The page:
Lawyers argue against voter ID card count

By William Walker
Stabroek News
May 11, 2000

The elections petition heard arguments yesterday against the counting of the voter identification cards used in the 1997 elections.

These arguments were in reply to those put forward by Senior Counsel Ralph Ramkarran lawyer for respondent Janet Jagan on Monday when he asked the court to reconsider its decision not to count the cards.

Senior Counsel Rex McKay representing Hugh Desmond Hoyte, described Ramkarran's presentation as "a brilliant historical perspective of English election law" but unfortunately there was nothing in Guyanese law referring to voter ID cards. Neither was any mention made in English Law to ID cards. The court could not be expected to freely interpret the law as if it were the Constitution but must make a decision based strictly by the law.

Justice Claudette Singh had disallowed the first application for a recount on ID cards. In her ruling the word "inspect" as used in Section 19 of the same act, could not mean "count" according to a strict dictionary definition. Referring to Section 20 of the Validity of Elections Act that uses the stronger word "scrutiny", McKay said the official Oxford Dictionary meaning of the word referred only to the counting of votes.

McKay noted that "justice was not a one way street" and that the "interests of justice should be served by concluding the petition so as not to be a hindrance for the next elections fixed for January 17, 2001." McKay argued that to indulge in a count would also allow for cross-examination of all 45,000 persons whose ID cards were disputed and cross-examination of those who purported to collate the findings of the CARICOM Audit Commission (CAC) report.

McKay said that as far as he knew "England has never had proportional representation" even though section 38 of the Validity of Elections Act states that the principles, practices and rules of committees of the UK House of Commons should be observed in the case of election petitions. As such the rules could not apply and McKay cited Canadian cases to prove his point.

Anyway, the petitioner's case was never about numbers, concluded McKay. "We are not contending that the votes resulted in a miscount... we are saying that procedural irregularities demonstrate that the election was not conducted according to the laws governing elections."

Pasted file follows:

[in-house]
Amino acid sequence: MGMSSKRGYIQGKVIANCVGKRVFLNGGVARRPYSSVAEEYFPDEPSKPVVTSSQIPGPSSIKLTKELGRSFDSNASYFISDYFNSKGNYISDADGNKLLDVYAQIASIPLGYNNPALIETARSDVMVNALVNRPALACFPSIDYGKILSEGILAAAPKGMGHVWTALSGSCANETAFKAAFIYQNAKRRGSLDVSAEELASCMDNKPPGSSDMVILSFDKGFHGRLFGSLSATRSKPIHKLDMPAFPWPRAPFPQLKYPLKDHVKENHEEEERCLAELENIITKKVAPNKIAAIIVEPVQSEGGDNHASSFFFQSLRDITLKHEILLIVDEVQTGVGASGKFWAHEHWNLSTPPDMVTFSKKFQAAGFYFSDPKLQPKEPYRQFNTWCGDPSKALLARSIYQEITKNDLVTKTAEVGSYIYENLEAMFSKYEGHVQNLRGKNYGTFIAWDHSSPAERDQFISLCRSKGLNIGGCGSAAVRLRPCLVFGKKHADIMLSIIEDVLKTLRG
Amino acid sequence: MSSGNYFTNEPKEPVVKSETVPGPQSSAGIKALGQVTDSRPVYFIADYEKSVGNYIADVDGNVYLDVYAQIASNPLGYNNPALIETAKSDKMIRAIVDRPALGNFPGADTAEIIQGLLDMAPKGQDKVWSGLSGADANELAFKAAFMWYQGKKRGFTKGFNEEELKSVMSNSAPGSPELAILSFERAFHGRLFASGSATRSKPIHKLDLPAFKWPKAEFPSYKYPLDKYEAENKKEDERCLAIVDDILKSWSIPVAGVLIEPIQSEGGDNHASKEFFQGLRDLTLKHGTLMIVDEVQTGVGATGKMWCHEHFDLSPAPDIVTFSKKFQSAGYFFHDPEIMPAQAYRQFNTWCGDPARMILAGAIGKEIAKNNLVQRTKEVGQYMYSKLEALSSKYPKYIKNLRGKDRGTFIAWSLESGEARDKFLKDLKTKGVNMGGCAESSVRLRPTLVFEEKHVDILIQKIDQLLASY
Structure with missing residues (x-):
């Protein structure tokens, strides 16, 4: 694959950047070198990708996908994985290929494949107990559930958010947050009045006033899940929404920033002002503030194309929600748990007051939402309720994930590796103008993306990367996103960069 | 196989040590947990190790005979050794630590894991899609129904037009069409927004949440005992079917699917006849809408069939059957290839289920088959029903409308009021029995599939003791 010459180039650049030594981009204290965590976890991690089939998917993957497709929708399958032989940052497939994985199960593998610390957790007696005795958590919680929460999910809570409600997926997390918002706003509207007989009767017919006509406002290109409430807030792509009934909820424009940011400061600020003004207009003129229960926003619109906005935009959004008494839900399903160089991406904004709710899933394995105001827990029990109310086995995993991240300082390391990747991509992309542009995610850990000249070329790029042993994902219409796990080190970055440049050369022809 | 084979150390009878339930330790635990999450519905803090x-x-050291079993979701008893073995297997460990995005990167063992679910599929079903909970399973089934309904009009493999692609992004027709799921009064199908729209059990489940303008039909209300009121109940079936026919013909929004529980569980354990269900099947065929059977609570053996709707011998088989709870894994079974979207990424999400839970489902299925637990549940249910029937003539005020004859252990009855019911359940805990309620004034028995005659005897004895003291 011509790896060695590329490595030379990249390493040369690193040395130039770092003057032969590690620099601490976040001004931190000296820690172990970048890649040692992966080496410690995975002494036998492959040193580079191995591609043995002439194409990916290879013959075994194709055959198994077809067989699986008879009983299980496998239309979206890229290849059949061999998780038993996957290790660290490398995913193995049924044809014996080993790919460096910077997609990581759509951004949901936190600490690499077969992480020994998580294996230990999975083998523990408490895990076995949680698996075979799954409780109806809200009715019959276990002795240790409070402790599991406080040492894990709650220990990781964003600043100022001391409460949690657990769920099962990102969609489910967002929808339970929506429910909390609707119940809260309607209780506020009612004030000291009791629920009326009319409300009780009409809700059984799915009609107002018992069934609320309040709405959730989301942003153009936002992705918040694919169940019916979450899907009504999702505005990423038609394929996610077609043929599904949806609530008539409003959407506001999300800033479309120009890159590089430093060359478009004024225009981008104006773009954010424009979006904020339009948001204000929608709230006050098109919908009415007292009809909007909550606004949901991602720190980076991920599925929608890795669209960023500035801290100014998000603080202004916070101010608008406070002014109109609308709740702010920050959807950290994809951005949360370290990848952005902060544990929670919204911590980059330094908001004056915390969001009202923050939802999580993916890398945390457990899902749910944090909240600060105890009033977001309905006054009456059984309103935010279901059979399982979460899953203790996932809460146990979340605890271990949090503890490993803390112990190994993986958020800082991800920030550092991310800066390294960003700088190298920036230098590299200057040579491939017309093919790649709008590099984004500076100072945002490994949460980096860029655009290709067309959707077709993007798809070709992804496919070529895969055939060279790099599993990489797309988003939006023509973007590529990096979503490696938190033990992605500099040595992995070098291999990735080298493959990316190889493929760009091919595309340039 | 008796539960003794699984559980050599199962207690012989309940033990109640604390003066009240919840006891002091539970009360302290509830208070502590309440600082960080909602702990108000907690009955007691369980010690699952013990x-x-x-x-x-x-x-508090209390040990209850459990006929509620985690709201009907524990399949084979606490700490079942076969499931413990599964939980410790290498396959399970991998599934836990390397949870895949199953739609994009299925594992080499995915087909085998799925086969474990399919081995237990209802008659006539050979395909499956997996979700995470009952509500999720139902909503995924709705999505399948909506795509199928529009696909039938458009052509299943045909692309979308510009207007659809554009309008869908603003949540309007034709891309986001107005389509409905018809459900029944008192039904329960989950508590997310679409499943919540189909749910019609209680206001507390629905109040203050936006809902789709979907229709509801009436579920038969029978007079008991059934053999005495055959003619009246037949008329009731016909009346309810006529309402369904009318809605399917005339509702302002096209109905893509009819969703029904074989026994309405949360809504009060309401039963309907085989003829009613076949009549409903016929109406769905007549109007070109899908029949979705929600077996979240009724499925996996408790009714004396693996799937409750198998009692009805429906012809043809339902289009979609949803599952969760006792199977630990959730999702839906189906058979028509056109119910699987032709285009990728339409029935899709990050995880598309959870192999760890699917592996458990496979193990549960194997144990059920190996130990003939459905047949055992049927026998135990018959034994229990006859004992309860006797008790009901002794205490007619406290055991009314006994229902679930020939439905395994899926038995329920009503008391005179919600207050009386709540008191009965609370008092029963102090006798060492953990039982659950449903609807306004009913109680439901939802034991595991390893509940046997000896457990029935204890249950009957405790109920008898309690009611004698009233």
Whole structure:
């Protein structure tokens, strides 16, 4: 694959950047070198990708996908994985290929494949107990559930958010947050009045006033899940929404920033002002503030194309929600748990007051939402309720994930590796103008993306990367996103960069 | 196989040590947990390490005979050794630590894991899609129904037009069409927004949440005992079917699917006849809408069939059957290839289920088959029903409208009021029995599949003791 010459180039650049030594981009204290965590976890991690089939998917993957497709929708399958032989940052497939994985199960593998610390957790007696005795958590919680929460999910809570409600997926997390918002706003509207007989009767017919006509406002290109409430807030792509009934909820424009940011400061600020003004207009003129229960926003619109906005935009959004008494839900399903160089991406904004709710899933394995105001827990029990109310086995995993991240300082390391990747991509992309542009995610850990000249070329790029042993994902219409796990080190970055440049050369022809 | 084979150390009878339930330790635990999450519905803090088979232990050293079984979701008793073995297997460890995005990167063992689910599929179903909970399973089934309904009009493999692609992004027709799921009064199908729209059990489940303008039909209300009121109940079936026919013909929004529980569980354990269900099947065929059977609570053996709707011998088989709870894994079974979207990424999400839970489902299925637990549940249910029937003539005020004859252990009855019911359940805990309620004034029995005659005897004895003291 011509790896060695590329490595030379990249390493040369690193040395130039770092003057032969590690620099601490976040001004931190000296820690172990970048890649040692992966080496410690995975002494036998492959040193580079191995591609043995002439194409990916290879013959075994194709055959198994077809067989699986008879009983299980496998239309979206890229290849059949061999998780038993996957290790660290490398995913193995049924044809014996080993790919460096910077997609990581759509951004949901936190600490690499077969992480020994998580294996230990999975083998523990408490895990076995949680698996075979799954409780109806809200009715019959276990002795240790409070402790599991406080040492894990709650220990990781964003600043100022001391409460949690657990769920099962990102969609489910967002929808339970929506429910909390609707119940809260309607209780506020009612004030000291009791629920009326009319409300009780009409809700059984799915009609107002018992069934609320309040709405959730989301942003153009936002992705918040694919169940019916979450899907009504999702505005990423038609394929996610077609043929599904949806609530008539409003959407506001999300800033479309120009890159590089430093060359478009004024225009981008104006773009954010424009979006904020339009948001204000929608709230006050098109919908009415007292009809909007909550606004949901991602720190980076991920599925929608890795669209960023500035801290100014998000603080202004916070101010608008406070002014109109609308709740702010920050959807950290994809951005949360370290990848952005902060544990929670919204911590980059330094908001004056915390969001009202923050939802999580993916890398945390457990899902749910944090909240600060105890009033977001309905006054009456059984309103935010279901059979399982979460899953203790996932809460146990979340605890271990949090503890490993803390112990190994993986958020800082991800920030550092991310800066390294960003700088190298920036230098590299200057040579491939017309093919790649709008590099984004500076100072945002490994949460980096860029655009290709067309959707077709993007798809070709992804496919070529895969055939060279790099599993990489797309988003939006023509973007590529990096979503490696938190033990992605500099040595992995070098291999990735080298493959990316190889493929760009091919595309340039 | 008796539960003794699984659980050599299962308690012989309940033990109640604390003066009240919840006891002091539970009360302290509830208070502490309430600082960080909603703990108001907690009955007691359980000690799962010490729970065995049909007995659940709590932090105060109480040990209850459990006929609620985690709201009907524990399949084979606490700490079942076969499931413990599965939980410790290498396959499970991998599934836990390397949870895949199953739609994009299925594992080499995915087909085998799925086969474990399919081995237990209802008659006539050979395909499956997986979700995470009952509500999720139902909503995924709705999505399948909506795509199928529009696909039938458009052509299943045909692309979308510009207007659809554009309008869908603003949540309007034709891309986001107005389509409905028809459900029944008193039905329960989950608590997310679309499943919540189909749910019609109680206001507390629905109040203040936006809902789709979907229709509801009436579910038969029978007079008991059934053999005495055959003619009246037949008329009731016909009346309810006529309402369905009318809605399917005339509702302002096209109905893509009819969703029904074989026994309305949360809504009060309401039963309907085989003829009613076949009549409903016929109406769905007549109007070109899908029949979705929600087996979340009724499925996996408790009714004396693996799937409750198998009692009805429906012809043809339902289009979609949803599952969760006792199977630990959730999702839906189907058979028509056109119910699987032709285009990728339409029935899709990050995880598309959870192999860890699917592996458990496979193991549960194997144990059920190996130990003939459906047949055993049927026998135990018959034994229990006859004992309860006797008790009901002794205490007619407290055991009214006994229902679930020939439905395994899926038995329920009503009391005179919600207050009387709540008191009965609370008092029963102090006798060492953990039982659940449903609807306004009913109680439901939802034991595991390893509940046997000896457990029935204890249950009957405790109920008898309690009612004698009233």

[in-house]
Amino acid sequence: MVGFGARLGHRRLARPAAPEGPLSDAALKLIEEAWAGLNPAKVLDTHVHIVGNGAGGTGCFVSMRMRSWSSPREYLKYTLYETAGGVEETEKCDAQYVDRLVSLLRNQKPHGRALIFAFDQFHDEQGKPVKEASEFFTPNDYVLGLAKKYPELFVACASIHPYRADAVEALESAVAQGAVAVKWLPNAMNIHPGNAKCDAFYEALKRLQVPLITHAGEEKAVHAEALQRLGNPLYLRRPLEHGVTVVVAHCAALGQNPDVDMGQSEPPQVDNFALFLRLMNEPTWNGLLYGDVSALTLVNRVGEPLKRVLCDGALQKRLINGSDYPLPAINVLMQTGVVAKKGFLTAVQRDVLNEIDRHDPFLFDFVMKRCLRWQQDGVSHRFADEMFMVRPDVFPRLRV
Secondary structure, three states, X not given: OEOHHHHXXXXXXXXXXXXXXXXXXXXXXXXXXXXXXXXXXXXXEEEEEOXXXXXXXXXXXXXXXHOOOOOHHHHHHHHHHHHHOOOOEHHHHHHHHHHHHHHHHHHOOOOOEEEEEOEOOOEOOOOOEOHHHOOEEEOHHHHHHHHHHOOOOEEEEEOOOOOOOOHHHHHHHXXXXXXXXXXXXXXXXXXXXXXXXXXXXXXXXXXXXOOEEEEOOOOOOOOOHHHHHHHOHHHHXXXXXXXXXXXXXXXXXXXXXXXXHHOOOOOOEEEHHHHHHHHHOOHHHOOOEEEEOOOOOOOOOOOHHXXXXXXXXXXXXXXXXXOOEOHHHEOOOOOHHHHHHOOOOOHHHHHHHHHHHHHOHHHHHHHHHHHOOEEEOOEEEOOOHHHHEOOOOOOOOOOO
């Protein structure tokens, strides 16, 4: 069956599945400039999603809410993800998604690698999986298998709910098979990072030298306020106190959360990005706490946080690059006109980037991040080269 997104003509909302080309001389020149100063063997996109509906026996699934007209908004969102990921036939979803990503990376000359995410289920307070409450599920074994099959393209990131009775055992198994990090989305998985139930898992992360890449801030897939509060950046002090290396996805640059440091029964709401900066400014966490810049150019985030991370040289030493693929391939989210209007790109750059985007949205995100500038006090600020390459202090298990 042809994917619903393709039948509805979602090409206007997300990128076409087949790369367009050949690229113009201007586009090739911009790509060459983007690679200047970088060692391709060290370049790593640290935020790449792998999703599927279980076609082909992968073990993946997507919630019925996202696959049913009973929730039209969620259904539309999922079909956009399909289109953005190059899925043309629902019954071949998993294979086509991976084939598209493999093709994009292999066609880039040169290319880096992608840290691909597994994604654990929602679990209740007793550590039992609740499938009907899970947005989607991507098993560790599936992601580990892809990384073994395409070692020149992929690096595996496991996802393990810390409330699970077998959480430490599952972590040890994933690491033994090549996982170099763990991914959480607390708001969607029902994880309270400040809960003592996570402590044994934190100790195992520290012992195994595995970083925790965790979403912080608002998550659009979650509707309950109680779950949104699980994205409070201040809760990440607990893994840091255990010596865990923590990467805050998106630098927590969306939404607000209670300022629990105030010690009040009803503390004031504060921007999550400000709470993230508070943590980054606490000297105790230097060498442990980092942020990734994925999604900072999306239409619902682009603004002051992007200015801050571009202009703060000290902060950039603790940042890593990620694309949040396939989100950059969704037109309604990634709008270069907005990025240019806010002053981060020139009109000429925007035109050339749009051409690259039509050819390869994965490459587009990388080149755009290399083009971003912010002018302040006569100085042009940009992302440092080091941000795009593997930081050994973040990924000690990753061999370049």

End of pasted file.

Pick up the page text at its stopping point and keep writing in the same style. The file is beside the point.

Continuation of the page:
Senior Counsel Peter Britton agreed with his "learned colleague's" arguments adding that he had repeated ad nauseam "that our petition had nothing to do with counting of votes."

As for Ramkarran's assertion that Dr Leslie Ramsammy's testimony was evidential basis, Britton said the court was being asked to make up its mind on whether Ramsammy was telling the truth. "It is all a last minute diabolical attempt to delay, frustrate and distract...," said Britton.

McKay had started the proceedings by referring to a ruling on the admissibility of computer generated documents such as the audit of ID cards for Region 6. In the "Miners Case" the Court of Appeal had recognised that "the laws of evidence must be adapted to the technology of modern business... But the computer is not infallible and the unauthorised alteration of information stored on a computer is possible." As such computers are imperfect providers. Casting doubt on the authenticity of the audit, McKay said there had been allegations of "computer machinations" during the elections.

Justice Singh said she would defer a decision on the matter until Monday because she needed to go to the library to research some of the more obscure law books referred to by Ramkarran and McKay.

She had initially said she would give a ruling on the admission of three documents: the erratum; a list of the telephone numbers of the commissioners; and a page with their signatures. But she decided to wait until Monday when court will convene.